Perez Hilton released another statement last night, regarding his use of anti-gay slurs:
"Words can hurt. I know that very well, from both sides of the fence. The other night in Toronto, after feeling physically threatened by a verbally abusive Will.I.Am of the Black Eyed Peas, I chose the most hurtful word I know to hurl at him. I was in an out-of-the ordinary situaton and used a word that I would not utter under normal circumstances. My intention - however misguided it may have been - was to stand up for myself and tell this belligerent man that I had enough of his badgering and was not going to continue to let him berate and intimidate me. I wanted to hurt him with the word I chose, not anyone else. Unfortunately, the one who got hurt was me and, subsequently, a lot of other people. I wish none of it had happened. I can't take it back. I did what I thought was best at the moment to stand up for myself in a non-violent yet still assertive way. Clearly, I am not homophobic. Also, I am not nor have I ever claimed to be a spokesperson for the gay community. I am just speaking for myself, a gay man. One who is labeled "flamboyant" in the media. An American that is not granted equal rights under the law. I will continue to speak out for equality and I will continue to say things that upset both gay people and straight people. Who I am as a person and what I do for a living are two separate things. I've come to terms with all my incongruities and am proud of who I am and what I do. In closing, words can hurt. But words should not provoke someone to violence. Stripped away from the mask of Perez Hilton, I have been extremely bothered by the public reaction to my assault. Violence should never be condoned with such statements as "It's Karma" or "I don't believe in violence but….". In fact, several television and radio shows over the past couple of days echoed the sentiment "He had it coming". Would they have said the same thing if I was a woman? Would I have "deserved it" if I had been stabbed? Or shot? Or killed? I was attacked from behind without warning and repeatedly punched in the head in a cold, disgusting and unnecessarily violent manner by Polo Molina, the road manager for the Black Eyed Peas, who I did not even speak with that evening. I did not share any words with him and his assault on me was completely unprovoked. I feel like everything happens for a reason and I leave this traumatic experience as a person with more compassion. Specifically, there was an instance last year when actor Jesse Metcalfe was attacked outside of a Hollywood nightclub by a fellow entertainer. I did not condone the violence, but I did make light of that situation. I regret that. Sincerely. There are many ways to deal with disagreements, both good and bad, but violence is never the answer. Never. I now know that first-hand. It should not be condoned, promoted or accepted. No one "deserves" to be the victim of violence. No one "has it coming." NO ONE. And victims should not be ridiculed. I look forward to marching for equality in Washington, D.C. this October. And I look forward to standing up for my rights in a Toronto courtroom shortly, as I fully intend to seek every lawful remedy against the man that attacked me."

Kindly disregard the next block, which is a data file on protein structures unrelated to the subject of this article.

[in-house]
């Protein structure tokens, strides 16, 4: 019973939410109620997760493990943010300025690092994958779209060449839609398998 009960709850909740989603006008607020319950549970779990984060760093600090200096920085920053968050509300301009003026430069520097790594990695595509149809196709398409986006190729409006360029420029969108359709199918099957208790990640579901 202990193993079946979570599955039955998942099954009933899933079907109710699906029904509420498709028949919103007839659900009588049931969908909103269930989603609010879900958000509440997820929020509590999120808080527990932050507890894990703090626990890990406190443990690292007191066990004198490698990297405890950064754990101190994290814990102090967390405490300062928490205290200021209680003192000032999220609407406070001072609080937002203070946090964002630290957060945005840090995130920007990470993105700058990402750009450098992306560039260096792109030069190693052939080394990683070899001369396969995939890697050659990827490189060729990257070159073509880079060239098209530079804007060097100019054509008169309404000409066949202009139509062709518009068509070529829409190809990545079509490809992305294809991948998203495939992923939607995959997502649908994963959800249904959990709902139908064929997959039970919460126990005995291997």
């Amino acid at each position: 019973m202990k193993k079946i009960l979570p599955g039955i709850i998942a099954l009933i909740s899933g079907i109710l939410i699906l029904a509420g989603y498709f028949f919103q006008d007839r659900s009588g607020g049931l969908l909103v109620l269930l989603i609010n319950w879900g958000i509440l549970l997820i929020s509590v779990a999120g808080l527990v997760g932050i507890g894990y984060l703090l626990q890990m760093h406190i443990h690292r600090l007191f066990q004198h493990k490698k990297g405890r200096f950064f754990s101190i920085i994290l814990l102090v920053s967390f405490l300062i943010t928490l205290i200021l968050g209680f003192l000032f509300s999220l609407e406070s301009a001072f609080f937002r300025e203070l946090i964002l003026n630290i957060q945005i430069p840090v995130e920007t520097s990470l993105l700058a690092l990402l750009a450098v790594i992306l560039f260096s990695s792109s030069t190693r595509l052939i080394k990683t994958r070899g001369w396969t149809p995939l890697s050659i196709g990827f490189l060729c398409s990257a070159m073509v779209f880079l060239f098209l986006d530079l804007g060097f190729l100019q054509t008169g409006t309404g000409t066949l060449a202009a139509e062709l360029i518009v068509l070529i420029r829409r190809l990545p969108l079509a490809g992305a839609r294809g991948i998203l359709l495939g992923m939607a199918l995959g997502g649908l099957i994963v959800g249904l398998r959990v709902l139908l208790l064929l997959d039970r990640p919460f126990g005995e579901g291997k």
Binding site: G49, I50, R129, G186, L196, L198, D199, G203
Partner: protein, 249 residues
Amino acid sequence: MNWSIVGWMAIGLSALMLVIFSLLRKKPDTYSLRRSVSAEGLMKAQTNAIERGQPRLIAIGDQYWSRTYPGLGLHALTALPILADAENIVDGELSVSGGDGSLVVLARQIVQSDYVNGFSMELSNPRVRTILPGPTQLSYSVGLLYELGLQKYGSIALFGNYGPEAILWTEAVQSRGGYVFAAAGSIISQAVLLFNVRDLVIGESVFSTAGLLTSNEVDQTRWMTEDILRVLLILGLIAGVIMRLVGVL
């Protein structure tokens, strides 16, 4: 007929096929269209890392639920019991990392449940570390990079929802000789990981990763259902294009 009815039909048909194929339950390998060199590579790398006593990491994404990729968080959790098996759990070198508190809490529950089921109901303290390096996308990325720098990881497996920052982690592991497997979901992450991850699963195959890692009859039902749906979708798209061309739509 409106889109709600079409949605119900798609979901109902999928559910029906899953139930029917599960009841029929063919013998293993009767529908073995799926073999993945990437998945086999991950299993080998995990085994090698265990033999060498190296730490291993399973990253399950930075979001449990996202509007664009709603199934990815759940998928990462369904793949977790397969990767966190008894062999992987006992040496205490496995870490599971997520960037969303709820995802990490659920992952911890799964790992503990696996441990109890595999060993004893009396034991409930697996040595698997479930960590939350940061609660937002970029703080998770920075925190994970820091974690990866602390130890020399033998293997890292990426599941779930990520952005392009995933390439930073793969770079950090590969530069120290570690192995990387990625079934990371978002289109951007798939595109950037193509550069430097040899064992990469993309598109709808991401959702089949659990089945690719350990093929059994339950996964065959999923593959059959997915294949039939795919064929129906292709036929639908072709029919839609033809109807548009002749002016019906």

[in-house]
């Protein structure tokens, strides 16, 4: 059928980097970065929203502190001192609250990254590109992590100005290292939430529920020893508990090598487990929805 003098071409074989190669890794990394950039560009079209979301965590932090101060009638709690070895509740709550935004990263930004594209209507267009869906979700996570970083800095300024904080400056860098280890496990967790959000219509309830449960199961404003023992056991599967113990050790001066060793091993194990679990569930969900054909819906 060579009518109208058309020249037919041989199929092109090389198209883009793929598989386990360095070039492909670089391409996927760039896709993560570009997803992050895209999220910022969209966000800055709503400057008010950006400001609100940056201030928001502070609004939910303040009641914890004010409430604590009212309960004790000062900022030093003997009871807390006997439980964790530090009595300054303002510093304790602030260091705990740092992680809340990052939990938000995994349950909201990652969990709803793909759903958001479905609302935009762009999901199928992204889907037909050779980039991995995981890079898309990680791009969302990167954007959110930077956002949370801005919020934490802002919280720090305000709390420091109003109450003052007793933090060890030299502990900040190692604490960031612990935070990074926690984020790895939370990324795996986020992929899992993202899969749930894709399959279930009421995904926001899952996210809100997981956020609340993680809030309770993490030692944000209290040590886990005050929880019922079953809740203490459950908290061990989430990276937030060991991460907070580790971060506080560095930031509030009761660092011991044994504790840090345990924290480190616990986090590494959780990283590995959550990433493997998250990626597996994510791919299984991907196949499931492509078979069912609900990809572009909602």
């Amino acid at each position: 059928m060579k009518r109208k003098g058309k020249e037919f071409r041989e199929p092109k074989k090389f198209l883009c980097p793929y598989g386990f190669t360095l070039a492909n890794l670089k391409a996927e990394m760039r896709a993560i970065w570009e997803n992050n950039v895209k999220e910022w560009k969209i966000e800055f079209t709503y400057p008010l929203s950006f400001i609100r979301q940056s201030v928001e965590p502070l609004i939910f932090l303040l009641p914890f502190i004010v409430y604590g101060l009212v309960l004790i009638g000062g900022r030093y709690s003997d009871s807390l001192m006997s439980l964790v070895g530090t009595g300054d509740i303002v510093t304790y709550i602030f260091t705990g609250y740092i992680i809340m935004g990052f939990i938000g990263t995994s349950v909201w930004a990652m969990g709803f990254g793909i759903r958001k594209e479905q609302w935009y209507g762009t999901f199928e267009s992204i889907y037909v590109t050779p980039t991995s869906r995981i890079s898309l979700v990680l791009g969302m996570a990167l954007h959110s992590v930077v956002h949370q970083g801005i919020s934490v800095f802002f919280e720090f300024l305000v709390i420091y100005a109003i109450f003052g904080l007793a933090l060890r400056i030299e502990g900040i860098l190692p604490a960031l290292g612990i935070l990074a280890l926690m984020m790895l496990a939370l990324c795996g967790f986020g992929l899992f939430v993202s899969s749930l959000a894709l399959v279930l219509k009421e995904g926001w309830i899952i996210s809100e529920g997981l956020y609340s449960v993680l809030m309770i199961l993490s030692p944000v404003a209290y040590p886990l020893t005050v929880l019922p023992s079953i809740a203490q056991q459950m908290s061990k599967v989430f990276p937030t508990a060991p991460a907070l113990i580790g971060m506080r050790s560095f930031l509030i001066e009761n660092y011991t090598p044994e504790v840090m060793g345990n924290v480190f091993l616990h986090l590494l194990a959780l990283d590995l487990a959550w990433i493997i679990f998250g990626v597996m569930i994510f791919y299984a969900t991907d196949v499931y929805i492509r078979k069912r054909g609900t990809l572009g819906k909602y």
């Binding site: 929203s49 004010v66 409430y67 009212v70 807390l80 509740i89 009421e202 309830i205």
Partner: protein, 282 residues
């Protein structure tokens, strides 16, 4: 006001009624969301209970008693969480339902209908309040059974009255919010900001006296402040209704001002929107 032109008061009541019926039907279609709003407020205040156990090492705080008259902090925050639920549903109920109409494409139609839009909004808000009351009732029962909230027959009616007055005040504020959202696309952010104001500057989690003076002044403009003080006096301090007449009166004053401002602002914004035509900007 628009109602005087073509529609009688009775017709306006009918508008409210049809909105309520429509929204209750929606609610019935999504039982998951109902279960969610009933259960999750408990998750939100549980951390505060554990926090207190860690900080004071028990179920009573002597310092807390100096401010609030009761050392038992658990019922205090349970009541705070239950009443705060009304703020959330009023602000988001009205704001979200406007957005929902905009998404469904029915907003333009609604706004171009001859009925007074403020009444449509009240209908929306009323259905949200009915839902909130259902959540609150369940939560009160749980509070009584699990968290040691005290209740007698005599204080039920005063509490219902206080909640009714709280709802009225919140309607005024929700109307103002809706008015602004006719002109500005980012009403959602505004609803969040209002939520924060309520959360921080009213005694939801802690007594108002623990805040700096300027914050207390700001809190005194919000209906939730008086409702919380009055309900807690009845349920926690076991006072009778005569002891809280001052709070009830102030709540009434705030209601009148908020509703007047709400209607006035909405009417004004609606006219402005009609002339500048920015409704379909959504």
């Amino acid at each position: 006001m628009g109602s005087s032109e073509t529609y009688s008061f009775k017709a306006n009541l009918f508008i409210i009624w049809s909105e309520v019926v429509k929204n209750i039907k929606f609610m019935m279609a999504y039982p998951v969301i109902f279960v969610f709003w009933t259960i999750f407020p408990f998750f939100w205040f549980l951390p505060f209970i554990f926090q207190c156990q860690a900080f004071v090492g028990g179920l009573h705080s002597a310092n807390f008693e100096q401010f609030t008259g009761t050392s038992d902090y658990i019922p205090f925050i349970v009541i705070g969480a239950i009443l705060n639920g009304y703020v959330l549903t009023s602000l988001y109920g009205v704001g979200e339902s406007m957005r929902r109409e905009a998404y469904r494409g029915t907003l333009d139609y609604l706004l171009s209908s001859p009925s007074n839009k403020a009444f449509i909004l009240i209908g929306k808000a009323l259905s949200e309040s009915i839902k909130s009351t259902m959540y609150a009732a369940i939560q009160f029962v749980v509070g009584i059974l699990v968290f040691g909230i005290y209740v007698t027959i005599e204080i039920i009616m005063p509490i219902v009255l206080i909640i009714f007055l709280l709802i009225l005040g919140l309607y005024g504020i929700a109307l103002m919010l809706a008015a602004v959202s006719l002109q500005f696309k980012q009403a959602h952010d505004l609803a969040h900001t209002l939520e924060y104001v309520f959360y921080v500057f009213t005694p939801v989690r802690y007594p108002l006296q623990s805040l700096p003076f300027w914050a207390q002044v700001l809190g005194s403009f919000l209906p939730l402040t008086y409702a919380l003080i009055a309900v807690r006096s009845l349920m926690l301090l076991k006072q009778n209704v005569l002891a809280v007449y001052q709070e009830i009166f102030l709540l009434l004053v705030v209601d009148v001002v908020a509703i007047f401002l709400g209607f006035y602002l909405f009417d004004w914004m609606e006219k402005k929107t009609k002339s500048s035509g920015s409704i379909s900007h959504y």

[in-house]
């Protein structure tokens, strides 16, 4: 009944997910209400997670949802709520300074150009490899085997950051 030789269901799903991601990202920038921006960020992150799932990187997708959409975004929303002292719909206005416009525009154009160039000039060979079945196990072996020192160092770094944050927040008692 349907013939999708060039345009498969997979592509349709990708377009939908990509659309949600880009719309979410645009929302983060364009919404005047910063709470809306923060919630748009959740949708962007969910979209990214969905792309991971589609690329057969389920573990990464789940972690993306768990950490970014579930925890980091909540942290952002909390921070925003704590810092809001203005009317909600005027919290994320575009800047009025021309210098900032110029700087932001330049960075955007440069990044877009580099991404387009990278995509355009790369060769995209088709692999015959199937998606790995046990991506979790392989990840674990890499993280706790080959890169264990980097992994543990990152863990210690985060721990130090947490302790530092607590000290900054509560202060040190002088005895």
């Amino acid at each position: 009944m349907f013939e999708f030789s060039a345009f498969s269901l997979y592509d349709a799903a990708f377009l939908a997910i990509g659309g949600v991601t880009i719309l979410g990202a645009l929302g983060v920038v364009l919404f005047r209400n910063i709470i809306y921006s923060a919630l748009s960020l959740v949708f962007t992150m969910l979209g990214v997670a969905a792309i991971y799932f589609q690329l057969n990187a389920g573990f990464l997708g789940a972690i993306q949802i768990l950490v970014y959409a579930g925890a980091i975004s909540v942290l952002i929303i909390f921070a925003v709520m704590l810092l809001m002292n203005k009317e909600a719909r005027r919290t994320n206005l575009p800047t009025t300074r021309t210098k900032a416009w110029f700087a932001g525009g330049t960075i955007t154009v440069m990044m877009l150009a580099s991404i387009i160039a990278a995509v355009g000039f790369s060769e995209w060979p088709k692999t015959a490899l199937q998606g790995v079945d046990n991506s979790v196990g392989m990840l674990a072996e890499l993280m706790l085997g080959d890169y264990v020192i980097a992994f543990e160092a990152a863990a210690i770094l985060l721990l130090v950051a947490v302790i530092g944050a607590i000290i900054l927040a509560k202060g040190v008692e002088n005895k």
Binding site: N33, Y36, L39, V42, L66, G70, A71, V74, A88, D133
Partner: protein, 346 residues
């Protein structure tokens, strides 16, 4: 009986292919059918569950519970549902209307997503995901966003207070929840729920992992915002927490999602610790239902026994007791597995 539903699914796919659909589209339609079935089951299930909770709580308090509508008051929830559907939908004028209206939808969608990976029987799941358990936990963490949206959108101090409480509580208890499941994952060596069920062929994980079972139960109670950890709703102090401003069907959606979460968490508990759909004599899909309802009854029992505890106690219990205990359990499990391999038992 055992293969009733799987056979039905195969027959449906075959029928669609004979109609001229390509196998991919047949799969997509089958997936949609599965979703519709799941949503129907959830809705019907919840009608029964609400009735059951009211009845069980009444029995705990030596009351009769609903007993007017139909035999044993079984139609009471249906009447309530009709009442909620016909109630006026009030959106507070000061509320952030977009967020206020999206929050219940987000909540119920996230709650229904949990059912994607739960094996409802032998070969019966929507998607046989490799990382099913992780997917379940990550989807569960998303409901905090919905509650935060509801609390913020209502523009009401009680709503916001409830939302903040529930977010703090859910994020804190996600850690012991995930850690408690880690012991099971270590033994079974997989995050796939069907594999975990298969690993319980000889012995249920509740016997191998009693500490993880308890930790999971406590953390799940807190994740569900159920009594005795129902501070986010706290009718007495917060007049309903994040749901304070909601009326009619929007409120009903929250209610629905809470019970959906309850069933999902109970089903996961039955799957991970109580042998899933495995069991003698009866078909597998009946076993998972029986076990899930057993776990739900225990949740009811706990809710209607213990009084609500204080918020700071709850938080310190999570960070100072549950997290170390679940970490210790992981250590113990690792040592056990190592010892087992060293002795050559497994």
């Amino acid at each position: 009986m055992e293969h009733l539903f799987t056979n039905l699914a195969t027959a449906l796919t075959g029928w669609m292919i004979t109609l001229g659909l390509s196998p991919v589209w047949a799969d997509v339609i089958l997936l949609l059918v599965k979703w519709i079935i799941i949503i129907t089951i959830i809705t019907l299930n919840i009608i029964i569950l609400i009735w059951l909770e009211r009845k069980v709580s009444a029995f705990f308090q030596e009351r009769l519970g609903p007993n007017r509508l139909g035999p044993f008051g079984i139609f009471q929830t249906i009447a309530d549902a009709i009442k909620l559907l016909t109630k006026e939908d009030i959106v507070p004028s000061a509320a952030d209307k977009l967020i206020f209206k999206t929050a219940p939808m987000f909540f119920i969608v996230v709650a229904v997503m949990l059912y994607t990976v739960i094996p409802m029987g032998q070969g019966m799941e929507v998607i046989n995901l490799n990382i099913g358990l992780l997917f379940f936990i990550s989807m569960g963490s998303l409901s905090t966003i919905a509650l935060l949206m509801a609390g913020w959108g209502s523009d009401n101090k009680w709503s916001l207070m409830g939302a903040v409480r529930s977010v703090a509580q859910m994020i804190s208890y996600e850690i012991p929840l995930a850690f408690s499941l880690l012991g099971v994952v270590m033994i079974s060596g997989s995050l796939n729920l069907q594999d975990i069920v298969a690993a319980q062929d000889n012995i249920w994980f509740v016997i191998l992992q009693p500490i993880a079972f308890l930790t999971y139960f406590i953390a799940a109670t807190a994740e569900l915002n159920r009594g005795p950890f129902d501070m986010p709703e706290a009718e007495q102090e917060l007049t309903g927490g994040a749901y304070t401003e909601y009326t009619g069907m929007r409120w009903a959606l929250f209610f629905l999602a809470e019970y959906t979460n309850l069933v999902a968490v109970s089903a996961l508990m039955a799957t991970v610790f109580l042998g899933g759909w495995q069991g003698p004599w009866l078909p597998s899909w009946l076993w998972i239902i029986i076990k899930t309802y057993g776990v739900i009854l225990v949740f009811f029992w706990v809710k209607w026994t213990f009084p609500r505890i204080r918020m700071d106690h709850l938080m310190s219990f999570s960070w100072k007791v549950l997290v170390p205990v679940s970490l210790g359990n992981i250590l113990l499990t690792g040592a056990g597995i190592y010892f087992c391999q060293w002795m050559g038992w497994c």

Today, GLAAD responded to this statement. Rashad Robinson, Senior Director of Media Programs at GLAAD:
First and foremost it is important to remember that the violence committed against Perez Hilton is absolutely unacceptable and ought to be condemned in the strongest possible terms.
Perez Hilton's acknowledgement that words can hurt is an important step in the right direction, and while his change of tone is welcome, he still seems to be justifying the use of the slurs.
A statement that stops short of apologizing for and disavowing the use of that slur doesn't get us where we need to be – these are vulgar anti-gay slurs that feed a climate of hatred and intolerance that continues to put our community in harm's way. When someone from our community uses a far-reaching media platform to promote these kinds of slurs, it sends a message that it's OK to use these dehumanizing words.
This is an important moment. Now that Perez Hilton has acknowledged that words can hurt, GLAAD calls on him to take this opportunity to reflect on his use of demeaning and defamatory language against many different communities on PerezHilton.com - not as Perez Hilton, but as Mario Lavandeira, an openly gay man who just went through a scary and traumatic experience.